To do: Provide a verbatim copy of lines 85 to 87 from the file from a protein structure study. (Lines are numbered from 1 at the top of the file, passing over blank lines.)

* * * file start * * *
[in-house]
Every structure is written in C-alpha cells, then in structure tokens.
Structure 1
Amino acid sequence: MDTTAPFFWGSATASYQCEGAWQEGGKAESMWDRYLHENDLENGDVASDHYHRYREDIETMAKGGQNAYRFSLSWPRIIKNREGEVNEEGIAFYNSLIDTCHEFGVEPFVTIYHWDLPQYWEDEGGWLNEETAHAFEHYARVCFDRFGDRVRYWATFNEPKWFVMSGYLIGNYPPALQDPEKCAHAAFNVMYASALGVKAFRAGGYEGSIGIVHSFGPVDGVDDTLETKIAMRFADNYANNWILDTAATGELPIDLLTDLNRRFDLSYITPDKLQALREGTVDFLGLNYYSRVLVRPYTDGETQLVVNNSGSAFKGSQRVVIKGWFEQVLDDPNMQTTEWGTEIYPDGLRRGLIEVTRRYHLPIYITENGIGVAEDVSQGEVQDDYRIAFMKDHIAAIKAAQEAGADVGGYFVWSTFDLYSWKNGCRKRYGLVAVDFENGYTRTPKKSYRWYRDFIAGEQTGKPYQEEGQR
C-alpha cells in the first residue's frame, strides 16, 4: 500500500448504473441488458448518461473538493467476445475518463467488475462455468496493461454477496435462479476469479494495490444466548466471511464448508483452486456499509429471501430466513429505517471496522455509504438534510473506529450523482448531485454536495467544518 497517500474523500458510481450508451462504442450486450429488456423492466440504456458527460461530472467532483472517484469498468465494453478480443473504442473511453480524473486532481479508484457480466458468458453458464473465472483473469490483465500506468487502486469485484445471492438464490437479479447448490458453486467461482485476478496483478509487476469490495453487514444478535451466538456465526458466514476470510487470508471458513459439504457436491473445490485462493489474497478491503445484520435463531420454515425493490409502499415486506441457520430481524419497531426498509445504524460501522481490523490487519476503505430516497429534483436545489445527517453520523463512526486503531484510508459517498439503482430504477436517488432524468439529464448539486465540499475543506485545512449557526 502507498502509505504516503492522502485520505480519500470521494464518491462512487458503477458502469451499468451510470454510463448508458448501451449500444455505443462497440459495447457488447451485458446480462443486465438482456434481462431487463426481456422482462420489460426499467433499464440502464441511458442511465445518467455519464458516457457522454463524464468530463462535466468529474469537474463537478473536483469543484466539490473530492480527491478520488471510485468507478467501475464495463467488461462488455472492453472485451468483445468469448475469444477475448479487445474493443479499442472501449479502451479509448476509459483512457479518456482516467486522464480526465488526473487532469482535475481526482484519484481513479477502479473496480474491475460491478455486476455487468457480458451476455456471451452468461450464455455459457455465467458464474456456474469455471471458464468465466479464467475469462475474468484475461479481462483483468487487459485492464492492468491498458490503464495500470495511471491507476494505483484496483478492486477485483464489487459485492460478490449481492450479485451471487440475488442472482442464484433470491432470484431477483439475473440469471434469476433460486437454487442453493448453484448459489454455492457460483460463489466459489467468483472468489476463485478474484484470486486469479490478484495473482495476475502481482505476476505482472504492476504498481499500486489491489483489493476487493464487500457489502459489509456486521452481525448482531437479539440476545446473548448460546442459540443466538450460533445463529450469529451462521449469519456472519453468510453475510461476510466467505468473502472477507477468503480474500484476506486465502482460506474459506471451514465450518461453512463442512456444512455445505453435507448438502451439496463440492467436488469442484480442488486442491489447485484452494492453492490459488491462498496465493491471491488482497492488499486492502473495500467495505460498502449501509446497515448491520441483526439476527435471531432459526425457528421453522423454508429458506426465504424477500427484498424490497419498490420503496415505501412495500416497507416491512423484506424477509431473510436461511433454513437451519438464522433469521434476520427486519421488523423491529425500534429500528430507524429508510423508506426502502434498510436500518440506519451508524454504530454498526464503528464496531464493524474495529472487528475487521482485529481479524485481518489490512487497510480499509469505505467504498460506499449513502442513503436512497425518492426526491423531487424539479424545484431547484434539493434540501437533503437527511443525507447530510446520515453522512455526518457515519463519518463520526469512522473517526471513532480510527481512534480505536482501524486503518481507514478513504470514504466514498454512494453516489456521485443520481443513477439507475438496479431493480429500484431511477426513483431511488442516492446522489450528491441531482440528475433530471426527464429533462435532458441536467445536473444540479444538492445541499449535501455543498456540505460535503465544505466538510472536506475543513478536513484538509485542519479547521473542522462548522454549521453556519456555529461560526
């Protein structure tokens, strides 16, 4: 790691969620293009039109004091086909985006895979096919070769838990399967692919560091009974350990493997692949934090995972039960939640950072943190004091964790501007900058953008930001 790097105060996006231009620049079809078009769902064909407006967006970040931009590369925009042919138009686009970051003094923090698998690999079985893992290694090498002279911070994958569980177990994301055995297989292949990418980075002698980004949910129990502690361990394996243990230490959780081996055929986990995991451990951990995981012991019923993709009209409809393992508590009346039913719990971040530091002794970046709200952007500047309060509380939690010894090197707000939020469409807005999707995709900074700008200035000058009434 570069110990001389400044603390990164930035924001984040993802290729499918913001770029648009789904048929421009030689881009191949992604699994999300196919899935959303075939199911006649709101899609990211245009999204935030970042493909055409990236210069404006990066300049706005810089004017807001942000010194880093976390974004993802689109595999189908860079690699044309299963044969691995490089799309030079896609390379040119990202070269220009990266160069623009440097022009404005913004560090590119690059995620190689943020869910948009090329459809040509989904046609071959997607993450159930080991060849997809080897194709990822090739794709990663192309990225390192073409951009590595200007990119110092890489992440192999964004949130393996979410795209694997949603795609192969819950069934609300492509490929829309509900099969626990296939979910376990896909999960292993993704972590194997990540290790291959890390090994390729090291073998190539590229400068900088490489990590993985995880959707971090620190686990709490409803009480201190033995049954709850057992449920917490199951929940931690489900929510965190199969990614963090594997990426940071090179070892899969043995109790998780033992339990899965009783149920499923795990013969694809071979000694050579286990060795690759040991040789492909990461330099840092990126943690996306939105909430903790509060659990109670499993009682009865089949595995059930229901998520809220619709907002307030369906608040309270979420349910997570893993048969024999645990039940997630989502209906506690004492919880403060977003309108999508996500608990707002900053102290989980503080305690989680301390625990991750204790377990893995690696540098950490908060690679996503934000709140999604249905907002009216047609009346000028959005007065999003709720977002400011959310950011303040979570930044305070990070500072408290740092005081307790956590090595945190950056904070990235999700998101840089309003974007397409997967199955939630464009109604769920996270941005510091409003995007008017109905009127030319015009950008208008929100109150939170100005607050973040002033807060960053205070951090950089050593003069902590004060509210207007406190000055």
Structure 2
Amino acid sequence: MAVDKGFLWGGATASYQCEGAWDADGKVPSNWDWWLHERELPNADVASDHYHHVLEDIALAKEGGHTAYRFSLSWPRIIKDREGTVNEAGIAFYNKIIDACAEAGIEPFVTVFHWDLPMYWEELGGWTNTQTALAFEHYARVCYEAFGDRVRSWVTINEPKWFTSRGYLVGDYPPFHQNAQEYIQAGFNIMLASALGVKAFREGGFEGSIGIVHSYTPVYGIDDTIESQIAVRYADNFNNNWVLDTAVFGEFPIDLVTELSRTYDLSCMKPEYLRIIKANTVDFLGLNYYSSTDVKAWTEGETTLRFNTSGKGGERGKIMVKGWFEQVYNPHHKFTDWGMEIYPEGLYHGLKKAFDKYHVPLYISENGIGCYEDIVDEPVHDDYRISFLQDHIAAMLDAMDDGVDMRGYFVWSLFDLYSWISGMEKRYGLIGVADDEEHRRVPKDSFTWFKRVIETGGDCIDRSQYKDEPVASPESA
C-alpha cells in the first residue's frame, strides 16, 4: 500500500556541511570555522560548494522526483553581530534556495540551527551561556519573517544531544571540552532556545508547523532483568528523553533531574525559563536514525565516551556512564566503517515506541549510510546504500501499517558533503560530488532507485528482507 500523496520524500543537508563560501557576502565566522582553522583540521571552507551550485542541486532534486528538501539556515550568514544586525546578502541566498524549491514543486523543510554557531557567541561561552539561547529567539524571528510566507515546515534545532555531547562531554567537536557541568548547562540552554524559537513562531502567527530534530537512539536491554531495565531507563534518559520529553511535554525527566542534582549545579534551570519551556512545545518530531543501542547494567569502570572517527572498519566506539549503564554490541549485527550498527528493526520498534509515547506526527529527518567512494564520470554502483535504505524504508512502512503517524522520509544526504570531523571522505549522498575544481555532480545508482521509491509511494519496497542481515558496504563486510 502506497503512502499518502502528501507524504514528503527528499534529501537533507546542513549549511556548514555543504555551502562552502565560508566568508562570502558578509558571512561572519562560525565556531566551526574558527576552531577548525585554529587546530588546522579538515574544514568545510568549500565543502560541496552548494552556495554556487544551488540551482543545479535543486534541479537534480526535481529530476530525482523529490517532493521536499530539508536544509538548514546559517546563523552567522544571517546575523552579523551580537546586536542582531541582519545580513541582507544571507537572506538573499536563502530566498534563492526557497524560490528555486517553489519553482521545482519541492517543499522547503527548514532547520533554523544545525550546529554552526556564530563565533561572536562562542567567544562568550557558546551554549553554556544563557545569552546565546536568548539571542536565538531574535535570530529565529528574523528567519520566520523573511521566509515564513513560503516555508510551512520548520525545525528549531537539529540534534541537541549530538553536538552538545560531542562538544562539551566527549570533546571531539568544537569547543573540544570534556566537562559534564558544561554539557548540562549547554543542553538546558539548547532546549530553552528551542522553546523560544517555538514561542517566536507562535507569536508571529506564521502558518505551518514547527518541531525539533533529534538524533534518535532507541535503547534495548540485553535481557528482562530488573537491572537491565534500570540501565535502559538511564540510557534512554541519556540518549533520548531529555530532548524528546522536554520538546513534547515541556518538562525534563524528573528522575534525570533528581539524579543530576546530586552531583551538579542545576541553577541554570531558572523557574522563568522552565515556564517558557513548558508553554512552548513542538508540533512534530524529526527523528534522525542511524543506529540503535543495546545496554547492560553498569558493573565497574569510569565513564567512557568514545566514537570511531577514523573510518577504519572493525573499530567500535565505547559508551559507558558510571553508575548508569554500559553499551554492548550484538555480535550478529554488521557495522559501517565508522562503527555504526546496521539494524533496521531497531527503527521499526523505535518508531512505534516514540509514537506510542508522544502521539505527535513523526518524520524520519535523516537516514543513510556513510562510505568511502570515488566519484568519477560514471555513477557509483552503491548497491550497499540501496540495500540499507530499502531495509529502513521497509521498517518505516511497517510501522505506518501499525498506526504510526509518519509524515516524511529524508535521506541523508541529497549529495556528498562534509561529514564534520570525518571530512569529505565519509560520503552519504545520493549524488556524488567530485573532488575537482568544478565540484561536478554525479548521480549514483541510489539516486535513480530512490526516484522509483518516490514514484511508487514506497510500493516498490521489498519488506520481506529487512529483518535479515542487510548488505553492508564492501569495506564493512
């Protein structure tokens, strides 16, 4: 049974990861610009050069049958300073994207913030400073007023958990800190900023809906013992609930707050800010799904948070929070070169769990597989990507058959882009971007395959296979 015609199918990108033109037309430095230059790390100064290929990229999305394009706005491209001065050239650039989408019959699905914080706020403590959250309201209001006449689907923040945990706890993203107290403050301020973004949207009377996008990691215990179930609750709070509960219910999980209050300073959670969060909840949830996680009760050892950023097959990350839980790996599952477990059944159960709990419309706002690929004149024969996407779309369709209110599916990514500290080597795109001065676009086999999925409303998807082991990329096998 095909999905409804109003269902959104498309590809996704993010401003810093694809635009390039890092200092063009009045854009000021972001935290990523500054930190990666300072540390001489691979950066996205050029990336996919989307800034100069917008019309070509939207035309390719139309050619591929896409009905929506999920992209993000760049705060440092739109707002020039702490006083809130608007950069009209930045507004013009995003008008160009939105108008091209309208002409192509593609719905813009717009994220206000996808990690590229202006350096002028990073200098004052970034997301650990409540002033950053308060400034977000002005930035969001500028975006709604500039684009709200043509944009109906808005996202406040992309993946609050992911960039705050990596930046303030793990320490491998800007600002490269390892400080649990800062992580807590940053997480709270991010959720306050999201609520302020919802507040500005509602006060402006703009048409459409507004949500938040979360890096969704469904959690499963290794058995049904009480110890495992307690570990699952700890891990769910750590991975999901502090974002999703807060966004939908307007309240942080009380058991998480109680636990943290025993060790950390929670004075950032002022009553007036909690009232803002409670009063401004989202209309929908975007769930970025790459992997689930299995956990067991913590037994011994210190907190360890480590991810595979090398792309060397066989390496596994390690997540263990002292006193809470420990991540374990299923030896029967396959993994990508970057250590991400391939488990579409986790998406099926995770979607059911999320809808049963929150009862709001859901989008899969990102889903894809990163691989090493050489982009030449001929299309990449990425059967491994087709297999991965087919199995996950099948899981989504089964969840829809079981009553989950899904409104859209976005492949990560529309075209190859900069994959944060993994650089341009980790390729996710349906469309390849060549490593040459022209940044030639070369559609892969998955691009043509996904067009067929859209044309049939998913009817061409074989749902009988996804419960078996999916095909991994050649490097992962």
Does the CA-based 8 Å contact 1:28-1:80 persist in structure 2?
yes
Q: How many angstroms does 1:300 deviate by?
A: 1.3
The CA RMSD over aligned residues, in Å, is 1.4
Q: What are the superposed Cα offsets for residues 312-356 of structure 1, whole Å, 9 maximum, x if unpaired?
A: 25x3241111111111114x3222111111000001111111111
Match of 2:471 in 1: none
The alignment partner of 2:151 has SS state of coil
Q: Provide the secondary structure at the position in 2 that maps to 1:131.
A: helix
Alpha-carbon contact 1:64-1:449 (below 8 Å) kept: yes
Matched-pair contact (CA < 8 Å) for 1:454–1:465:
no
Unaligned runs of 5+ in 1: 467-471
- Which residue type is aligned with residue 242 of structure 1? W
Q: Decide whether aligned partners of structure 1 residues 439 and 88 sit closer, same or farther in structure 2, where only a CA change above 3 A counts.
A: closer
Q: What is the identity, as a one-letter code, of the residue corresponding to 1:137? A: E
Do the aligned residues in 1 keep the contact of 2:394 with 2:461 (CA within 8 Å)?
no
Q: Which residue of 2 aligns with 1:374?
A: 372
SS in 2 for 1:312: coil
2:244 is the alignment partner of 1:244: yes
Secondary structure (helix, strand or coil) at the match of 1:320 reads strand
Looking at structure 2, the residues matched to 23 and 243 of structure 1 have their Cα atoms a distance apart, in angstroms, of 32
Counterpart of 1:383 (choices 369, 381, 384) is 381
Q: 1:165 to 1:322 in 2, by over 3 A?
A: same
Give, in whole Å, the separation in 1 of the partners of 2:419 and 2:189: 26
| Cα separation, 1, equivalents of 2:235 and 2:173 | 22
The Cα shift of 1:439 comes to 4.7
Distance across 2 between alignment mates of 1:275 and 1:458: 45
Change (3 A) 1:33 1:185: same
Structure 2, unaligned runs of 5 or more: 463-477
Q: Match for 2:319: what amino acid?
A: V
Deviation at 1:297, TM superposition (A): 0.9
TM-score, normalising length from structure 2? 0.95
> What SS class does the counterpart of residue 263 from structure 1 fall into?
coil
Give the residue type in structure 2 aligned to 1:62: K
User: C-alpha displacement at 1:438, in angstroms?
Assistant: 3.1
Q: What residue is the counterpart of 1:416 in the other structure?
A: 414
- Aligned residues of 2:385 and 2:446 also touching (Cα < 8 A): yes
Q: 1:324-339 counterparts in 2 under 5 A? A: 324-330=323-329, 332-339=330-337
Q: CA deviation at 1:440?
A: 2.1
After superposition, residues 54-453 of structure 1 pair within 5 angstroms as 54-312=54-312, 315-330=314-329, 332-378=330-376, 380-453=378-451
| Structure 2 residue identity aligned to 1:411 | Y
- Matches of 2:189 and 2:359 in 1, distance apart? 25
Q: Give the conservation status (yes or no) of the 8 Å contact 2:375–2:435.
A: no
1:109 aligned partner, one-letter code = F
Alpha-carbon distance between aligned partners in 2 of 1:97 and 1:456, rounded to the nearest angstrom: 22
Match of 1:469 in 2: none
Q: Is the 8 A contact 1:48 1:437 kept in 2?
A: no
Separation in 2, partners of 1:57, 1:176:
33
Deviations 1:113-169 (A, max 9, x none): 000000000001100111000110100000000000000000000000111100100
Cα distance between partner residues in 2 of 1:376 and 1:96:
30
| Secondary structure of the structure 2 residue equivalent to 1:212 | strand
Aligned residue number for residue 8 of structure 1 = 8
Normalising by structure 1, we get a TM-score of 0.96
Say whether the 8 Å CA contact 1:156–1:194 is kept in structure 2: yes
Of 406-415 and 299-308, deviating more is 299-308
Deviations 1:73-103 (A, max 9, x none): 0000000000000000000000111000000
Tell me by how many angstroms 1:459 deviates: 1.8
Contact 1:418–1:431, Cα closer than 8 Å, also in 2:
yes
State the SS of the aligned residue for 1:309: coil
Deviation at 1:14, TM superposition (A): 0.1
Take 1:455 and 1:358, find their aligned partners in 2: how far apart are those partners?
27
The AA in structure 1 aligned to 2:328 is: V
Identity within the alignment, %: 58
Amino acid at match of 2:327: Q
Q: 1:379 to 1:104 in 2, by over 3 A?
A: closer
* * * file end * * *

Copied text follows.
yes
State the SS of the aligned residue for 1:309: coil
Deviation at 1:14, TM superposition (A): 0.1